Did You Lose A Loved One In A Workplace Accident?
Our law firm can help you claim workers' compensation death benefits
The loss of a loved one is always a difficult moment in anyone's life, especially when that death happened due to an on-the-job accident. You're left to recover from the shock of a sudden loss, mourn another person's passing, and try to find a way to move forward.
In Pennsylvania, the workers' compensation system provides some amount of financial relief to grieving families. These death benefits are intended to provide for those left behind who were dependent on the deceased person's income. However, actually claiming those benefits can be difficult. That's why you need an experienced and compassionate workers' compensation attorney from O'Malley & Langan on your side.
A brief guide to death benefits in Pennsylvania
Under Pennsylvania's workers' compensation laws, two types of death benefits can be paid out following an on-the-job death. The first benefit is a flat $3,000 funeral benefit, paid to the family of the deceased person. The second is a weekly or bi-weekly benefit based on the worker's wages at the time of death. Depending on the relationship and number of dependents, this may be anywhere from one fifth to two thirds of the pre-death wages.
Only certain family members can be awarded these death benefits. They include:
- Surviving spouse: The deceased person's spouse may be awarded a percentage of the pre-death wages, which varies depending on the number of children left in the custody of the surviving spouse. Generally, benefits continue for the remainder of the spouse's lifetime unless he or she remarries, at which point they continue until two years after the date of remarriage.
- Children: Children of the deceased worker are eligible to receive benefits until they reach the age of 18. These benefits can be extended until the age of 23 if the child is enrolled at an accredited college or university, or for the length of disability if the child is disabled.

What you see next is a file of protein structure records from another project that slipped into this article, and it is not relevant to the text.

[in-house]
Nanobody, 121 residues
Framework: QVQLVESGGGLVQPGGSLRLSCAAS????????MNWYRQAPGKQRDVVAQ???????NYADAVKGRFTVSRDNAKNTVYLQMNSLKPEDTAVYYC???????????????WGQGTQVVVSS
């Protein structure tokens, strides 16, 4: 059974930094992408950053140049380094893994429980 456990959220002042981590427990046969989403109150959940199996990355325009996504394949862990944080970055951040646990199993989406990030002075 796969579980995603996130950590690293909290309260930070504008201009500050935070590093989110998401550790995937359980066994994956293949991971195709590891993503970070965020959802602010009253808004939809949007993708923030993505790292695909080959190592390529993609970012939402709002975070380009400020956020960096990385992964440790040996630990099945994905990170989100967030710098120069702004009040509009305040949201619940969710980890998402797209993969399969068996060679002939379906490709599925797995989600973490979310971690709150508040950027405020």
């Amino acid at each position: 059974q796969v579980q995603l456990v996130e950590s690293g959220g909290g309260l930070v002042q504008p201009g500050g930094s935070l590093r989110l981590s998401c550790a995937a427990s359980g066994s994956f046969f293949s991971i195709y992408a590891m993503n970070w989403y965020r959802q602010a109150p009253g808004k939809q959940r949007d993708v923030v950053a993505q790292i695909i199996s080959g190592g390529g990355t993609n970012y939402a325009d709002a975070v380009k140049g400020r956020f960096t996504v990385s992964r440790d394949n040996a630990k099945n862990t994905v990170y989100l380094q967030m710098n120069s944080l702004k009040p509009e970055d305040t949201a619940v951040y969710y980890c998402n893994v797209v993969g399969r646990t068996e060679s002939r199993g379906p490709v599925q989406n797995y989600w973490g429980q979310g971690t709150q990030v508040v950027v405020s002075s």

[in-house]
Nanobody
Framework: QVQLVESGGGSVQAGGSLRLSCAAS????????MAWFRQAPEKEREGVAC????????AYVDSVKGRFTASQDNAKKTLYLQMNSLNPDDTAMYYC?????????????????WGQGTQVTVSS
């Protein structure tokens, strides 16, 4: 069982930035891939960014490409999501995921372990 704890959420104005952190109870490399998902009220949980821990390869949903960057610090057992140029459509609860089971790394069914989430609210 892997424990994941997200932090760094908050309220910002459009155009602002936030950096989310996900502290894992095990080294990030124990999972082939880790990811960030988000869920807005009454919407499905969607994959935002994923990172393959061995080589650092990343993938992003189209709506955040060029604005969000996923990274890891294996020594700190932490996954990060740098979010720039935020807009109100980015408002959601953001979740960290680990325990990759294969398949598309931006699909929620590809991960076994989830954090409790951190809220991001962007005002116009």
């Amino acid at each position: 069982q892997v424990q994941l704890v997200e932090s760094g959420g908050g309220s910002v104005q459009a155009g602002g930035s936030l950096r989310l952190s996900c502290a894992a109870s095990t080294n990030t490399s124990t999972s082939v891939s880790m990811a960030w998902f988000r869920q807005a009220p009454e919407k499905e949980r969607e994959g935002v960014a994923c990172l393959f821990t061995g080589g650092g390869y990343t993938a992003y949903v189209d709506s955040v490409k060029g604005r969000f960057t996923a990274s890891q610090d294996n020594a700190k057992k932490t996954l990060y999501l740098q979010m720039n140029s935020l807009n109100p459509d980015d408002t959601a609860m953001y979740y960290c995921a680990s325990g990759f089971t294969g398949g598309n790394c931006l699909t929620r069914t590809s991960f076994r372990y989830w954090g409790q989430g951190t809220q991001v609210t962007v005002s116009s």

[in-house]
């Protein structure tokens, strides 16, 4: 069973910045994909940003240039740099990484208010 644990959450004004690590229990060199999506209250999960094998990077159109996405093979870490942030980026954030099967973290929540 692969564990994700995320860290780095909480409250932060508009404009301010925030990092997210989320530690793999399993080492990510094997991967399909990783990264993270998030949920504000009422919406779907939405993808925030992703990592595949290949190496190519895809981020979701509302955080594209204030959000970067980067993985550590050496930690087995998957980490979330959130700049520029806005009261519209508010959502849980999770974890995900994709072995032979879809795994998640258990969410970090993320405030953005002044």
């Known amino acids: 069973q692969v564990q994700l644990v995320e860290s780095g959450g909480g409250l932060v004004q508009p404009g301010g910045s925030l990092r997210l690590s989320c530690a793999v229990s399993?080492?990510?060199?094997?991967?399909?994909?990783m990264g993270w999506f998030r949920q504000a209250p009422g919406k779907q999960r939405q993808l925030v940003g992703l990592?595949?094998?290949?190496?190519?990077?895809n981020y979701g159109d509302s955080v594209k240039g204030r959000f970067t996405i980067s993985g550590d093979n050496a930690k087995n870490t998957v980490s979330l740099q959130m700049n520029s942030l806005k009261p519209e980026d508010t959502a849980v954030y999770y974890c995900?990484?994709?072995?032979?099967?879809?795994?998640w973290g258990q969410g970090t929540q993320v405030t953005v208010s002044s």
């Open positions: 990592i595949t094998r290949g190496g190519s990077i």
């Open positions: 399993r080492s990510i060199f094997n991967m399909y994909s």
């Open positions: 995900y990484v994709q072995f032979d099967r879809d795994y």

- Other relatives: If there is no surviving spouse or children, the parents of the deceased worker can claim benefits if they lived with or were dependent on the worker at the time of death. If there are also no eligible parents, siblings can receive the death benefits, again if they lived with or were dependent on the worker as of the time of death.
While many factors affect the value of a claim for death benefits - including the worker's income and the number of dependents - these claims are almost always high-value. Unfortunately, that means that your family may be facing a difficult battle with a workers' compensation insurance carrier during this sad and challenging time.
Claiming death benefits is a complex process. Our attorneys can help
In order to be eligible for death benefits, the surviving family members need to prove that their loved one died on the job and that they really were dependent on his or her income. Either point can be a contentious issue, and the insurance company will try to find ways to deny benefits based on those points of fact.
When death benefits are paid out over time, many different factors can affect the value and length of those benefits. For instance, if the surviving spouse remarries, benefits that could have otherwise continued for decades will come to an end after two years. If dependent children enroll in or drop out of college, those changes in enrollment status would likewise affect the benefits.
Because of those issues, many cases involving death benefits settle fairly quickly for a lump sum payment. Both the surviving family and the insurance company often have an interest in doing so. However, to make sure you receive a fair settlement that meets your family's needs, you need an experienced workers' compensation lawyer on your side.
Our compassionate and experienced attorneys serve families throughout Northeastern Pennsylvania. When you contact us, we can help you create a legal strategy to pursue the death benefits you deserve. If a negligent third party was involved in your loved one's death, we may be able to pursue a wrongful death claim in addition to getting death benefits through workers' compensation.
We know you may not want to involve an attorney during this difficult time - but we also know you shouldn't have to face the insurance company alone. Make sure you know your family's legal rights. Call (866) 326-0100 today for your free, confidential consultation.